Spacebased Photometric Performance
Proper Photometer Design
Reliable detection with a >8 sigma
statistical significance with >3 transits (four sigma,
single transit) of terrestrial planets requires relative photometry
of 2x10-5 on time scales of
2 to 16 hours. The brightness change due to a transit is proportional
to the the ratio of the planet's area to that of the star. When
observing stars the size of the Sun, the decrease in brightness
for giant planets, such as Jupiter, Saturn or the planet orbiting
HD209458, etc., is approximately 1%. For planets like Uranus
and Neptune it is about 0.1%. For Earth-size planets it is about
0.01%. Obstacles to achieving the necessary precision are:
- Variations in seeing and extinction (for ground based observing)
- Photon shot noise
- Intrinsic variability of the target stars and
- Instrument instabilities.
Variations in seeing and extinction are eliminated
by using a spaceborne photometer. Shot noise is reduced to an
acceptable level using Kepler's moderate-aperture photometer.
The Sun's brightness variations on time scales of a few hours
are small compared to the necessary precision and, by extension,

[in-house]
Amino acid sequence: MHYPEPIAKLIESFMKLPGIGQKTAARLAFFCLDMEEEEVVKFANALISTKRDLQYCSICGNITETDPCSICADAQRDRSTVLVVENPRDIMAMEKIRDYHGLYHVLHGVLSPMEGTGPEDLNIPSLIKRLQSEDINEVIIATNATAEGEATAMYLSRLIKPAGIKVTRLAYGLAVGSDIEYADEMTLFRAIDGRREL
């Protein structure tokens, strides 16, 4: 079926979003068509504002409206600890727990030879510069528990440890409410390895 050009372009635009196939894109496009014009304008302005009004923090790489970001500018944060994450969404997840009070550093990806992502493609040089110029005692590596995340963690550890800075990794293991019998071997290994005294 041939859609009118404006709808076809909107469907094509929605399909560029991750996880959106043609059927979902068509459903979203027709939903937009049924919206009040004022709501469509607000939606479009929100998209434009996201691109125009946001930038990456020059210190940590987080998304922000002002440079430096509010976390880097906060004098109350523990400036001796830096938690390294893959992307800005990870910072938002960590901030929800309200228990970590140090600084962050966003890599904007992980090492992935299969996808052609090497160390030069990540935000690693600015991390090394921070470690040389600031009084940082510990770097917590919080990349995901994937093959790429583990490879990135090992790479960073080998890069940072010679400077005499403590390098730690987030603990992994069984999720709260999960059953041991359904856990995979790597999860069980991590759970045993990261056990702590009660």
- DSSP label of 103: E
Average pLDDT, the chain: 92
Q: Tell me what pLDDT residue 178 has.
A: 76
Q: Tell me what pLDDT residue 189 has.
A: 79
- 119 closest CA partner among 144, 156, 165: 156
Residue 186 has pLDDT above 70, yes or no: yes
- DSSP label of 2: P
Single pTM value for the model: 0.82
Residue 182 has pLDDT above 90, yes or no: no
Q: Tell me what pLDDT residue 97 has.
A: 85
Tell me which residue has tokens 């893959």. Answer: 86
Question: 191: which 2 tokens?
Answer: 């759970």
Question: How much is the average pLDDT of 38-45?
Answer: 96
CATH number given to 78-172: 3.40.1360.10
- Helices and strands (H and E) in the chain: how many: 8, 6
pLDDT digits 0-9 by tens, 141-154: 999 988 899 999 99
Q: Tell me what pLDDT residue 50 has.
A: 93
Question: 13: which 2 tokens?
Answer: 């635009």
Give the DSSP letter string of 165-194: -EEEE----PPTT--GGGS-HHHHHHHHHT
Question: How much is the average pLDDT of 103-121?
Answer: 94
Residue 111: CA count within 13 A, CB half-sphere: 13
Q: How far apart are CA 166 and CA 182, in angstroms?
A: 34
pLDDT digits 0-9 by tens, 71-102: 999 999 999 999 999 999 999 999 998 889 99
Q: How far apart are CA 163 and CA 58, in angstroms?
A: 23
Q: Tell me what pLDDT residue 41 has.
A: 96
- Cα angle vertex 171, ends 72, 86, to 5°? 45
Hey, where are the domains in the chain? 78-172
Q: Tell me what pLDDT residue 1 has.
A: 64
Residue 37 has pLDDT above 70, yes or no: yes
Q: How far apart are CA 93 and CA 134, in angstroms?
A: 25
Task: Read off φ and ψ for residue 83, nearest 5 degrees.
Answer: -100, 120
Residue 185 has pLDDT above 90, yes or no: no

so are those of most stars of similar spectral type and age.
The principal challenge in attaining adequate photometric precision
therefore lies in using a stable method of photometry. This is
done using the techniques of differential ensemble photometry.
The key factors used to achieve the required differential performance for the Kepler Mission are:
- Differential spatial photometry: The brightness of each target star is normalized
to the average of all nearby stars, providing common-mode rejection in the measuring system.
- Differential temporal photometry: Transit
durations are a few hours to less than a day. Brightnesses are compared
to data just shortly before and after the test interval, so there is no need
for long term stability.
- Decorrelation of image motion: Motion due to the image drifting over time scales